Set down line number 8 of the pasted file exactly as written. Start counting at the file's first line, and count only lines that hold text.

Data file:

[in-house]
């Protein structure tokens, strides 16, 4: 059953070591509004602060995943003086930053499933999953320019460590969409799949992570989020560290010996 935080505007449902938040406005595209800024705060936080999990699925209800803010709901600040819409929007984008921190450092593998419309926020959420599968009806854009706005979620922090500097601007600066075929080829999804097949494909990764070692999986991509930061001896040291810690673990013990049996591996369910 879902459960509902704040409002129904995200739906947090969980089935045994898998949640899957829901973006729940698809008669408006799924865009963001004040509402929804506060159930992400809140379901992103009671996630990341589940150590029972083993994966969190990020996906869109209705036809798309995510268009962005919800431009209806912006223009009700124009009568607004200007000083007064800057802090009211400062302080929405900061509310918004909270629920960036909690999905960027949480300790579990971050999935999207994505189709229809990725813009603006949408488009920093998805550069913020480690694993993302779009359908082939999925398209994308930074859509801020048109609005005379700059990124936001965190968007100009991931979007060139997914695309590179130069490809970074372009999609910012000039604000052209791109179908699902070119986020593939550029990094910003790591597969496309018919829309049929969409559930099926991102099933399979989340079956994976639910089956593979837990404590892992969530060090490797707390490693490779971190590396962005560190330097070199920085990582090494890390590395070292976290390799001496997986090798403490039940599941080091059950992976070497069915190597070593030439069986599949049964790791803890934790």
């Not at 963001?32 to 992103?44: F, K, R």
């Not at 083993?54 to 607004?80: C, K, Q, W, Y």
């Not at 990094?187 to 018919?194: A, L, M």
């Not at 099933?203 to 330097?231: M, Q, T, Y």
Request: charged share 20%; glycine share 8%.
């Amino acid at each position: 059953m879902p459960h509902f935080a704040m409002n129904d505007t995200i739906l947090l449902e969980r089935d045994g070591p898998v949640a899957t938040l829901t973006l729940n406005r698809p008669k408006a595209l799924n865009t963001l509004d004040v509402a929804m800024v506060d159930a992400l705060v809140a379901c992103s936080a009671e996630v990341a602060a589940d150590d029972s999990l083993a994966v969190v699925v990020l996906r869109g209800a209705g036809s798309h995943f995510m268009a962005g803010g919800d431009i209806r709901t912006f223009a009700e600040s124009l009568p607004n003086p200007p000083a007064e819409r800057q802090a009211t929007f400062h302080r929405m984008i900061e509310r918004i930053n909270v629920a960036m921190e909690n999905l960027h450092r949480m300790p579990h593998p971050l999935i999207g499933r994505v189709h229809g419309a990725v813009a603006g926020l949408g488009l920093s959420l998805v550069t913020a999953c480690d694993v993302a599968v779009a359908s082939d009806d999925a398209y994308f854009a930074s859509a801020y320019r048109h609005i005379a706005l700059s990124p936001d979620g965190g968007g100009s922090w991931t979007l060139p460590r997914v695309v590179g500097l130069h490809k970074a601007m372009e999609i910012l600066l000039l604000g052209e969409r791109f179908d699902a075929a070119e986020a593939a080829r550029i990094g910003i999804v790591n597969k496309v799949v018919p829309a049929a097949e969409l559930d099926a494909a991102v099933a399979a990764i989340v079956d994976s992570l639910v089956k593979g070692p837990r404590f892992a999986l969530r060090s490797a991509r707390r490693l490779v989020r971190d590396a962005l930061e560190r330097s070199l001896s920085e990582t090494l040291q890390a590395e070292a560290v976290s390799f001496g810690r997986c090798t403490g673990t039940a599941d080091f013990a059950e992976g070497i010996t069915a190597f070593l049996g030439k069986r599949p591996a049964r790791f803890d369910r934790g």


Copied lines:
């Amino acid at each position: 059953m879902p459960h509902f935080a704040m409002n129904d505007t995200i739906l947090l449902e969980r089935d045994g070591p898998v949640a899957t938040l829901t973006l729940n406005r698809p008669k408006a595209l799924n865009t963001l509004d004040v509402a929804m800024v506060d159930a992400l705060v809140a379901c992103s936080a009671e996630v990341a602060a589940d150590d029972s999990l083993a994966v969190v699925v990020l996906r869109g209800a209705g036809s798309h995943f995510m268009a962005g803010g919800d431009i209806r709901t912006f223009a009700e600040s124009l009568p607004n003086p200007p000083a007064e819409r800057q802090a009211t929007f400062h302080r929405m984008i900061e509310r918004i930053n909270v629920a960036m921190e909690n999905l960027h450092r949480m300790p579990h593998p971050l999935i999207g499933r994505v189709h229809g419309a990725v813009a603006g926020l949408g488009l920093s959420l998805v550069t913020a999953c480690d694993v993302a599968v779009a359908s082939d009806d999925a398209y994308f854009a930074s859509a801020y320019r048109h609005i005379a706005l700059s990124p936001d979620g965190g968007g100009s922090w991931t979007l060139p460590r997914v695309v590179g500097l130069h490809k970074a601007m372009e999609i910012l600066l000039l604000g052209e969409r791109f179908d699902a075929a070119e986020a593939a080829r550029i990094g910003i999804v790591n597969k496309v799949v018919p829309a049929a097949e969409l559930d099926a494909a991102v099933a399979a990764i989340v079956d994976s992570l639910v089956k593979g070692p837990r404590f892992a999986l969530r060090s490797a991509r707390r490693l490779v989020r971190d590396a962005l930061e560190r330097s070199l001896s920085e990582t090494l040291q890390a590395e070292a560290v976290s390799f001496g810690r997986c090798t403490g673990t039940a599941d080091f013990a059950e992976g070497i010996t069915a190597f070593l049996g030439k069986r599949p591996a049964r790791f803890d369910r934790g």